Wednesday, October 29, 2014

Wildcat Canyon and a Cattle Drive

Today's hike was on the Wildcat Canyon trail.  One drives up the always scenic Kolob Reservoir road to the trail head.  It's just spectacular out there.  If you're in the area, don't miss this drive.

It's a nice hike.  One sees scenery that is different than in Zion NP, but it's no less impressive.  It was eerily warm.  Yesterday when we started up toward Hidden Canyon, it was pretty chilly.  Today at 7,000 feet it was very warm.  Very nice!

There is a big pile of volcanic rock to stand on, so you can look down into a canyon.

More scenery.

This was great.  We've been seeing cows all over the place.  There was a cattle drive in process.

These two young women were very good at getting the cows to move into the left lane so cars could get around them.  One of them looked to be about 13, but she was definitely in control of her horse and the cows.

This is one of the cowboys.  Other people on horses had gone off into the brush, looking for missing cows we suppose.

Cows on the road.

Where there are cows, there are cow by products.  After getting home from the hike, we headed into La Verkin to find a coin operated car wash to clean out the wheel wells.

Tuesday, October 28, 2014

Return to Hidden Canyon

As you no doubt recall, last Friday we hiked the Hidden Canyon trail, but were prevented from entering the canyon by the boulders on the right.  We noticed the chain on the rock to the left of the top boulder, but failed to appreciate its significance.

To get past the boulder one must climb up the rock face on the left and then down the other side hanging on to the chain for balance.  It was good to do the hike with other people.  They do a fair amount of hiking that requires scrambling and were excellent route finders.

It's pretty in there, the rocks have a lot of color.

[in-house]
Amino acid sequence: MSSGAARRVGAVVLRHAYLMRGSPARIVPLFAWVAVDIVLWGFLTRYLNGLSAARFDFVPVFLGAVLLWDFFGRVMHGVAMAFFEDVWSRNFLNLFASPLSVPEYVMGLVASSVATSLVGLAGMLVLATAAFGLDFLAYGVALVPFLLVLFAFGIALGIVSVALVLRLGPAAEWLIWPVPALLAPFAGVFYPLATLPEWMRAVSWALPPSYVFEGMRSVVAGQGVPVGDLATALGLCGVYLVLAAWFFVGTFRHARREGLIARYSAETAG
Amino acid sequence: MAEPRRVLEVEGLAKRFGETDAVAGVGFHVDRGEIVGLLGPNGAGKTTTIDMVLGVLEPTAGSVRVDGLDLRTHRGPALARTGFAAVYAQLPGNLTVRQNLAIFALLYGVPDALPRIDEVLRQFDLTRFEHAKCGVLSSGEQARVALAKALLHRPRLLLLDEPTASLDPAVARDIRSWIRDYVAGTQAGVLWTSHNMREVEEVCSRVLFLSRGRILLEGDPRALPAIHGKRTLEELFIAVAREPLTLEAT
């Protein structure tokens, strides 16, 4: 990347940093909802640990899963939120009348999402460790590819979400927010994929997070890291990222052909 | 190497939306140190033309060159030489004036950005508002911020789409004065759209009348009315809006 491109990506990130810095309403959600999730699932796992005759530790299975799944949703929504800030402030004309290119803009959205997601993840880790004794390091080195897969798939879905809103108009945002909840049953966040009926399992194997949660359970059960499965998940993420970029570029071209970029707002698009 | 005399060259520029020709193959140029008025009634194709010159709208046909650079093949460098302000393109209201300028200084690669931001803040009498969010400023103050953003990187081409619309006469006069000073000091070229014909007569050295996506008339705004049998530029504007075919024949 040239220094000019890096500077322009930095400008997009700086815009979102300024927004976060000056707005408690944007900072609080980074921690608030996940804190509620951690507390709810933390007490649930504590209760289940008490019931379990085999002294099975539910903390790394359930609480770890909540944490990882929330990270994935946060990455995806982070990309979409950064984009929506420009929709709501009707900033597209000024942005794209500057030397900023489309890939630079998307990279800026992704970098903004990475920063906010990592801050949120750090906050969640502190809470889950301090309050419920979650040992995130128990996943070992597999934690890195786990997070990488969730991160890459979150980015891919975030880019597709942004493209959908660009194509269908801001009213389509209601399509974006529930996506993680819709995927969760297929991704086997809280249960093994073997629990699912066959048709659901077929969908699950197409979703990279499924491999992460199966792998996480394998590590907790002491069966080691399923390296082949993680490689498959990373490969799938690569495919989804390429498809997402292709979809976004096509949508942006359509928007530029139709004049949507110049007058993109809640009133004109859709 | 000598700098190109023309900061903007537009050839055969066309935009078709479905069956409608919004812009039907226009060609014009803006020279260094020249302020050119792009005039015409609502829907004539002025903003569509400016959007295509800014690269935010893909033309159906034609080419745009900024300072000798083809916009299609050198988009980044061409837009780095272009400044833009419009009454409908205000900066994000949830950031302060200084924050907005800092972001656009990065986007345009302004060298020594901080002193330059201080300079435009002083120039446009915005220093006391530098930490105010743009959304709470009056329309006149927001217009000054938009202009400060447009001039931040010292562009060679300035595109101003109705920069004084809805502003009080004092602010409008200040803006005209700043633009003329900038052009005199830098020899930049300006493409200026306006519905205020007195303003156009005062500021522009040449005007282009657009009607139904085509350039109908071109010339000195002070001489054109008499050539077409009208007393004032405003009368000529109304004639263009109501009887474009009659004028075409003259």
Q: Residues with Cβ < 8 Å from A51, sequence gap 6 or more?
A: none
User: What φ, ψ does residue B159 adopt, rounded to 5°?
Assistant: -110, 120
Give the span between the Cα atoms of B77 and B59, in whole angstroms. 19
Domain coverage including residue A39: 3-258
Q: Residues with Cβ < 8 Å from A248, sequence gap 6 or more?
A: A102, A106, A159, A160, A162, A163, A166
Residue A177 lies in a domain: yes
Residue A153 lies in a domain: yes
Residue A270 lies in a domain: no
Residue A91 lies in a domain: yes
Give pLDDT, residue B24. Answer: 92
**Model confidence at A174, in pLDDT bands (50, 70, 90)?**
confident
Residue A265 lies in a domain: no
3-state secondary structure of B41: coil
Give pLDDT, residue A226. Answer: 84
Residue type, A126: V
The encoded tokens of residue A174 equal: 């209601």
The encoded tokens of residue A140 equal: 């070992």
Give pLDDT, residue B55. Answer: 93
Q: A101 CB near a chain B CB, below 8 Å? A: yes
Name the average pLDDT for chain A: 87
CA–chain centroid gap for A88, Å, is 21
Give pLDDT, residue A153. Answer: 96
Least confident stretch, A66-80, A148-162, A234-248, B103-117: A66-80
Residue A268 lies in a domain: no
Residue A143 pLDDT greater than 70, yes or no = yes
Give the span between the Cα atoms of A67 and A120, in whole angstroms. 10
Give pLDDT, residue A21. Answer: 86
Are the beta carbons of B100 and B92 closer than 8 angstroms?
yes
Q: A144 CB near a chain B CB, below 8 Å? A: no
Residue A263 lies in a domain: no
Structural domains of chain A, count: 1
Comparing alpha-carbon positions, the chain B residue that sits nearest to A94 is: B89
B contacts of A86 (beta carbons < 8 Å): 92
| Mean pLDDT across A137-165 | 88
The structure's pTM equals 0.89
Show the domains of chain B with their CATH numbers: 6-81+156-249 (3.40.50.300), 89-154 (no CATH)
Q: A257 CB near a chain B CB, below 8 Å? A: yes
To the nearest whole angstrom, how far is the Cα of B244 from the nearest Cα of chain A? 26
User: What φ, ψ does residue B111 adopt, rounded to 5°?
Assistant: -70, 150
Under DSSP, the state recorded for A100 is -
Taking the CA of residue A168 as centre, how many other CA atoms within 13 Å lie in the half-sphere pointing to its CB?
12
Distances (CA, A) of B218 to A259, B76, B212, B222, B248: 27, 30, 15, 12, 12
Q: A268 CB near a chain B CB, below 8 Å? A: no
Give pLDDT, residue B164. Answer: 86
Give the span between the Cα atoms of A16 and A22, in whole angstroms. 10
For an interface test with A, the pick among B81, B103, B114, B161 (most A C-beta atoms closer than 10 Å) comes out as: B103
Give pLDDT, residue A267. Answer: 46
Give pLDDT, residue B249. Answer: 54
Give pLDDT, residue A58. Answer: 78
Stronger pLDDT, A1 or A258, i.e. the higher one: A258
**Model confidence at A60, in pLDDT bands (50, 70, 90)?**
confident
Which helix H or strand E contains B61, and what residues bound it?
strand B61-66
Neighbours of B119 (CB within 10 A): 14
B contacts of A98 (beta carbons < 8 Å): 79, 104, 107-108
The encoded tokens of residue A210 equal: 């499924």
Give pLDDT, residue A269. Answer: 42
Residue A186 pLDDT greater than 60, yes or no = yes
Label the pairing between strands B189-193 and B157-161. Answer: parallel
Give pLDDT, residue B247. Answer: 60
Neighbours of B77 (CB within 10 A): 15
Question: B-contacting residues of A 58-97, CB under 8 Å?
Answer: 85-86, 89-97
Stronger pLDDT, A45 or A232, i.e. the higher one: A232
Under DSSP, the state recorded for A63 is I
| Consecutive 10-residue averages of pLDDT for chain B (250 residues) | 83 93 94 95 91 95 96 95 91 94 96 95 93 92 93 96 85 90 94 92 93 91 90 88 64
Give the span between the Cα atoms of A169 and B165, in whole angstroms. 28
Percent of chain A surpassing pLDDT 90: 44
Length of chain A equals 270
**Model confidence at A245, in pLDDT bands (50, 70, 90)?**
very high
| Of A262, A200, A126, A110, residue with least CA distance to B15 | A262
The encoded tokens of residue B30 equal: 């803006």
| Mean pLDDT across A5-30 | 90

This is the arch.  It's easy to walk by it and miss it entirely.  Gayle is in the arch providing perspective on its height.

This is behind the arch, it's still pretty close to the canyon wall.

We made several successful scrambles up dead trees leaning on rocks, crawling through rocks and tree roots.  However, this stopped five of us. We had to walk up those ramps, which were narrow, there was no leaning in, and they were sandy.  I felt like I could make it up, but wasn't confident in my ability to get back down.  So, that's as far as we went in the canyon.

There is spectacular color.

The hike really exceeded expectations.  It's not that far of a distance, but it provides climbing, exposures, chains and scrambling.  Everything you need, nothing you don't.

For reasons that are not clear to me, the park service has quit running the shuttles in the park.  Therefore everyone must drive to their trail head.  There is not enough parking.  Farther up the road in the park, people weren't even pulling off the road, they were just parking everywhere.

Is this not one of the prettiest places there is?

Monday, October 27, 2014

The JEM Trail

Today was mountain biking again.  The weather has cooled off some, which is good.  The sun is still out, however.